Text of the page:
2018 Goals

We are hours away from 2018 and the feeling of newness and hope is electric to me in ways it hasn’t been for a long time. The past few years I’ve been gunged in university deadlines and the gunge was quite distracting. I felt I had no time to pause and consider what I want aside from the very potent desire for the deadlines to be gone. This December I’m freer. I have (for the large part) only my own deadlines to consider, my own wants, ambitions and goals. But I have to remember something I didn’t know in 2014 (the last time I made real goals). I have to remember that many great things happen by accident. Everything I want to achieve isn’t necessarily what I need to achieve. And, even more than that, I cannot be overwhelmed by inevitable disappointments whatever happens. Almost everything is temporary.


My friend suggested I break my goals down into daily, weekly and monthly goals but this post is a general and abridged list of what I want to be, to do and to accomplish. The specifics will come later when I stop abandoning my laptop to consume books.


Abridged goals for 2018


  1. Write a draft of a novel
  2. Write a collection of poetry
  3. Write and submit a PhD application
  4. Be unafraid (of continuing to be frank and of trying things)
  5. Read 20 new books
  6. Launch first issue of Lucent Dreaming
  7. Establish Lucent Dreaming as a business
  8. Visit new places
  9. Only buy things you actually *love*
  10. Give everything you don’t actually use/love/require to charity


I think these are plenty to start with. I’ll go into detail about sections of my goals as they become relevant. My general plan is to write a poem every day, about 3 pages or 1000 words of any sort of prose a day, to read for half an hour on the train and/or before bed, and to spend about 3 hours every weekday on promoting and creating promotional content for Lucent Dreaming (and learning how to use photoshop and suchlike).


Although I wanted to say something insightful about goal-making and resolutions, everyone feels their own way about things like this. For some people, new year’s day is just another day and the new year is just another year, but I think ignoring markers of change and milestones gives little time for reflection. It’s only from reflection you can assess change and as much as I hate change, it’s valuable (and none of the above are particularly dramatic). This is all growth, growth I’ve keenly awaited. I hope I continue to find these goals meaningful, and if not, that they are replaced with things that will benefit the world as much as they might benefit me. (To love and to look after things are probably amongst the most meaningful things you can do.)


Adulthood, or, How to enjoy adulthood on planet Earth.

Adulthood is truly enjoyable only when you can engage your brain to further something: when you learn new things, when you do something creative, when you participate in a new game, when you read a book, when you ask questions, when you are not limited by the idea of being an adult.

I have been a profuse believer in not growing up. I avoid it, and have avoided acknowledging it, because it’s neither pleasant nor enjoyable. Ageing is not enjoyable for most. Women especially are taught to fear age. But you do earn that age – you earn it if you do something with it. If you are doing something, you are living.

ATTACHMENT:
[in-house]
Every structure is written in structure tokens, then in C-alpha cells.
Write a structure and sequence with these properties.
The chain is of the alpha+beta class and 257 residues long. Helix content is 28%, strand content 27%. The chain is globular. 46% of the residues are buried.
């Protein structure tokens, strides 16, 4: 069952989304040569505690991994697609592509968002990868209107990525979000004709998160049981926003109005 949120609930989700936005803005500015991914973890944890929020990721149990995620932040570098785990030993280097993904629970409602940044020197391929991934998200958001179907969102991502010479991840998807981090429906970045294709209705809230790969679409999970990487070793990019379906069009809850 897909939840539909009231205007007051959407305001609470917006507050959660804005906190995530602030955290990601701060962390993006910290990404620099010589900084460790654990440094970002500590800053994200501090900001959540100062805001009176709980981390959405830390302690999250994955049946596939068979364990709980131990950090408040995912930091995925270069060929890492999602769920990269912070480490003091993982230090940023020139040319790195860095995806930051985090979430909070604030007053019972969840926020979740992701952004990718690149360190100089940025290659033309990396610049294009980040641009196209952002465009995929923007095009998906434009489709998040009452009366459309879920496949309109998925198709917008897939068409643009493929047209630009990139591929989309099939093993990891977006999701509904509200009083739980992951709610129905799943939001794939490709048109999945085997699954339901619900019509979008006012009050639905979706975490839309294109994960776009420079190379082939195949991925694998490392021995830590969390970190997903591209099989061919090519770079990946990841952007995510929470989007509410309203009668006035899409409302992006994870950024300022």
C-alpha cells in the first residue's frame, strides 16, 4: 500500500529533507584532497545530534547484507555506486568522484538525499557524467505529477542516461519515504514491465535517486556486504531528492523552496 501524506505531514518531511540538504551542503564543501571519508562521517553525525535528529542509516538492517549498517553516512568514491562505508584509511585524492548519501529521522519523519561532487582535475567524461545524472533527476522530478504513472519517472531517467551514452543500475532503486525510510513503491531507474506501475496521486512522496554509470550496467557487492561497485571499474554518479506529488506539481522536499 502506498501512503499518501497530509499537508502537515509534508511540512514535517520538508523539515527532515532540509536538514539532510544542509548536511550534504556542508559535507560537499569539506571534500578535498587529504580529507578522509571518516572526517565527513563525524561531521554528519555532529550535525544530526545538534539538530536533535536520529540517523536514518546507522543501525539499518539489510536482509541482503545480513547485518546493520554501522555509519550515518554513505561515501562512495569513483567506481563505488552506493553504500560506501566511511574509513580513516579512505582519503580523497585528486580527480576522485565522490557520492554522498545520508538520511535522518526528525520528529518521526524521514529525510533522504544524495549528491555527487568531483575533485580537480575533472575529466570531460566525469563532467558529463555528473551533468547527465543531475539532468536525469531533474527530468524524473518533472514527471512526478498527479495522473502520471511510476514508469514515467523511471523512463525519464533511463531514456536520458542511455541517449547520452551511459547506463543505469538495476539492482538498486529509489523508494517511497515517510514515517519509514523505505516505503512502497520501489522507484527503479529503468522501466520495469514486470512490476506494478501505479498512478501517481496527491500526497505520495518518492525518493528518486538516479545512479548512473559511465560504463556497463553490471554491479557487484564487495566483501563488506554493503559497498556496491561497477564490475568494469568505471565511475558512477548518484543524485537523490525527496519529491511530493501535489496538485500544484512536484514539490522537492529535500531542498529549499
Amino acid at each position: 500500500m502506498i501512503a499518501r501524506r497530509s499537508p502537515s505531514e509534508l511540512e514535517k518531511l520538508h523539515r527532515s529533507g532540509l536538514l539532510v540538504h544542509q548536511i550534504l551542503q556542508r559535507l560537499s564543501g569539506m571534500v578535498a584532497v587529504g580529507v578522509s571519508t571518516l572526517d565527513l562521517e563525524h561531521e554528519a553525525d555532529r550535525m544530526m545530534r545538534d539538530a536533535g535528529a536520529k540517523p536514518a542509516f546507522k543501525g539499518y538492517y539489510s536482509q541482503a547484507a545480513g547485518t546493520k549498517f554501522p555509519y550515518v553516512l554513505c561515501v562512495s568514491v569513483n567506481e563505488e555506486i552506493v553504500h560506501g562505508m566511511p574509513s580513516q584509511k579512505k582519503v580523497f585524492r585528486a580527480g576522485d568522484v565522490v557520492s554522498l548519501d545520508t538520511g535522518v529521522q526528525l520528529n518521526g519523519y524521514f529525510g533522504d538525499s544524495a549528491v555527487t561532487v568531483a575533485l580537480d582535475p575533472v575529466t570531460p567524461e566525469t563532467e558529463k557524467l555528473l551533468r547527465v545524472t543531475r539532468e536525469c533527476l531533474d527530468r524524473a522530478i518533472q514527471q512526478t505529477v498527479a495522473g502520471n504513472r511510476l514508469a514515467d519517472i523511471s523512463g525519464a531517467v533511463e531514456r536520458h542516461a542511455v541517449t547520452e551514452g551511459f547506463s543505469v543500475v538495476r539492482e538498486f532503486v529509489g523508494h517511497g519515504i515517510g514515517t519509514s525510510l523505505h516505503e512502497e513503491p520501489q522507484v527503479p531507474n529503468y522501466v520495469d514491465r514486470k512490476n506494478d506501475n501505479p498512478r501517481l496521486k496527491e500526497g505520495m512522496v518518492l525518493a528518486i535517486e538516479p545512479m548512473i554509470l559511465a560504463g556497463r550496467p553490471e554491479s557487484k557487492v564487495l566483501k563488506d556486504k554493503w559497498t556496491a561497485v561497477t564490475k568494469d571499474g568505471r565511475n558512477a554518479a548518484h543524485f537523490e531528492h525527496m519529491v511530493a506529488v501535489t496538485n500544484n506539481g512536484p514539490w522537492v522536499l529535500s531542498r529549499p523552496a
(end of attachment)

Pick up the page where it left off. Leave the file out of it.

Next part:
‘Nothing’ by the way, is also something to do, but don’t make it a negative kind of nothing – the nothing borne of stress and procrastination. The ‘nothing’ you do in order to procrastinate is not very enjoyable. All the more reason to do something. In the words of Bon Jovi, ‘It’s now or never. [You] ain’t gonna live forever.’

Adulthood, despite whatever you see is wrong with it, is what you make of it. Your adulthood should not have to be defined by other people’s conceptions of adulthood. Add your own soul to it. You might have an unfun job, but you can and should seek out new opportunities. Seek opportunities with excitement, not fear.

Or, even better, make opportunities. I watch Mary Kate Wiles’ Craftversations on YouTube (I highly recommend it.), and recently in one of these episodes MK and Curt Mega discussed their change of heart towards self-created projects. There’s often a kind of suspicion and disgrace associated with things like self-publishing a book or self-acting/directing/producing a film. Humans implicitly think, ‘You should be working for the big guys: Penguin Books, The Guardian, Warner Brothers, etc. Then you’ll get somewhere.’ But their revelation was that the big guys are the ones who are making their own stuff. Their own ideas are brought into being (with a lot more money than normal people, but nonetheless) because they were bold enough to make their own stuff to begin with. They are happier people because of it. They aren’t (and no longer have to) wait for people to recognise their talent. They just go for it.

So yes, I say add soul to adulthood. It’s your job to inspire and motivate yourself, and by doing that, you inspire and motivate other people. With your legacy of adulthood, you give the next generation a new way of approaching adulthood. They will know they don’t have to be ‘boring adults’. You have the ability and talent to make adulthood enjoyable. Why was it as a child I loved the idea of writing, or drawing, or teaching? It was because those things seemed inspired. They were all about reaching into the mind, because it is all in the mind: adulthood. Sure, you’re only as young as you feel. More importantly, however, you can only enjoy things as much as you let yourself, so do enjoy it, do love it. Adulthood is waiting.